Daily soda consumption seriously messes up your DNA

Drinking one soda every day is associated with 4.6 years of additional biological aging

Published October 20, 2014 6:30PM (EDT)

  (AP/Jeff Chiu)
(AP/Jeff Chiu)

We all know that sugary soda is a major contributor to obesity-- a typical 20-ounce drink can have up to 18 teaspoons of sugar and more than 240 calories. What we didn't know is that regular soda consumption might also destroy your DNA.

According to new research published in the American Journal of Public Health, people who drink more soda have shorter telomeres (bits of DNA that protect the ends of chromosomes in cells) in white blood cells. The affected telomeres have been associated with age-associated diseases including cancer, diabetes and heart disease.

The researchers calculated that drinking one 20-ounce soda every day was associated with 4.6 years of additional biological aging, similar to the effects of smoking, or the inverse effect of exercising, which reduces the effects of age.

"Regular consumption of sugar-sweetened sodas might influence disease development, not only by straining the body's metabolic control of sugars, but also through accelerated cellular aging of tissues," said Elissa Epel, professor of psychiatry at the University of California in San Francisco and senior author of the study. The finding was consistent regardless of age, race, income or education level.

TIME's Mandy Oaklander reports:

Epel and her team analyzed data from 5,309 adults in the National Health and Nutrition Examination Survey (NHANES) from about 14 years ago. They found that people who drank more sugary soda tended to have shorter telomeres...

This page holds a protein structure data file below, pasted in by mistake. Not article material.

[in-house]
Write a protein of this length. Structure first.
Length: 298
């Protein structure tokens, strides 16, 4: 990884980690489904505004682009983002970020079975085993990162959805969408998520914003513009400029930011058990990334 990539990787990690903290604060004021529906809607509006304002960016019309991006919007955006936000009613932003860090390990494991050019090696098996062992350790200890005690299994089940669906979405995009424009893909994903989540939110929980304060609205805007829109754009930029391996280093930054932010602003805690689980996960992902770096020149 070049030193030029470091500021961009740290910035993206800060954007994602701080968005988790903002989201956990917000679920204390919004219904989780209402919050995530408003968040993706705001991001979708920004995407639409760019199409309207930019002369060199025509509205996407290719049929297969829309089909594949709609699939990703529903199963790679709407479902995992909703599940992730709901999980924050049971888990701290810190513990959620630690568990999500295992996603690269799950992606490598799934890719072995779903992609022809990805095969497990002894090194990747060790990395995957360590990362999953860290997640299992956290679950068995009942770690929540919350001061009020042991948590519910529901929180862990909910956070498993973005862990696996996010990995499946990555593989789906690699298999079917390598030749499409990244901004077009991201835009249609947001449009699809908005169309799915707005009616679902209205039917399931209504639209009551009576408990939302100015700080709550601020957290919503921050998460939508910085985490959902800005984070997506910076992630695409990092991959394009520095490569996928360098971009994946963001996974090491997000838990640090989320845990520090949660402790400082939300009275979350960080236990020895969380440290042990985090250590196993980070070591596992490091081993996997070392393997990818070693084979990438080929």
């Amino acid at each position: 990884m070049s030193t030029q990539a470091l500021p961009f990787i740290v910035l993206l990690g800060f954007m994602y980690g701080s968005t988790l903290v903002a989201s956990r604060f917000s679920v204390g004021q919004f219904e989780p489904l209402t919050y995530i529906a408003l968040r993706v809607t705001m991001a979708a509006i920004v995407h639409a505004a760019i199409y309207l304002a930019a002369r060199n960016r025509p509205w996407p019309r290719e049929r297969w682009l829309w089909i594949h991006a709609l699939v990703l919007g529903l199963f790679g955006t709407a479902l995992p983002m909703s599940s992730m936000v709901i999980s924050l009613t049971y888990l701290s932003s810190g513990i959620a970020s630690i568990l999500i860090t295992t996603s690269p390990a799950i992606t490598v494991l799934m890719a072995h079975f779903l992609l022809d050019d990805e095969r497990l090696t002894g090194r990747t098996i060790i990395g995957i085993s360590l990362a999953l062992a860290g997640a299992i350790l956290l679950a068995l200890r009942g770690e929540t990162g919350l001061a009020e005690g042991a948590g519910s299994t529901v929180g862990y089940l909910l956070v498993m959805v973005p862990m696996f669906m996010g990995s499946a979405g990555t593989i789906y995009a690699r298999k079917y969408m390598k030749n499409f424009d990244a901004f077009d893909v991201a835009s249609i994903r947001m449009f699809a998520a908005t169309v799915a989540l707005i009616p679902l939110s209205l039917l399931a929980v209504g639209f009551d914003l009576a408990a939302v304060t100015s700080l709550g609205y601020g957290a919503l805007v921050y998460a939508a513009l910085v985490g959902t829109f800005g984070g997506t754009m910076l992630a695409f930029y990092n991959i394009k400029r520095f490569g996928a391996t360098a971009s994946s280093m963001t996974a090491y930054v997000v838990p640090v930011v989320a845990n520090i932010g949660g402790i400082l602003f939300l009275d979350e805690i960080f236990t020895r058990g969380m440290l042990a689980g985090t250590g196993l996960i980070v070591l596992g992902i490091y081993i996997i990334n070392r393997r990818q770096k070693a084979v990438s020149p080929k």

Only the sugary, bubbly stuff showed this effect. Epel didn’t see any association between telomere length and diet soda intake. “The extremely high dose of sugar that we can put into our body within seconds by drinking sugared beverages is uniquely toxic to metabolism,” she says.

She also didn’t see a significant link between non-carbonated sugary beverages, like fruit juice, which Epel says surprised her. But she thinks the results might be different if the data were more modern.

The study just focused on individuals at one point in time, meaning that causation has not been proven--just a very high correlation.

“We think that the jury’s still out on sugared beverages—theoretically they’re just as bad,” Epel said. “But 14 years ago people were drinking a lot less sugared beverages…they were mostly drinking soda.”

By Joanna Rothkopf

MORE FROM Joanna Rothkopf

Related Topics ------------------------------------------

Age-related Diseases Aging Obesity Soda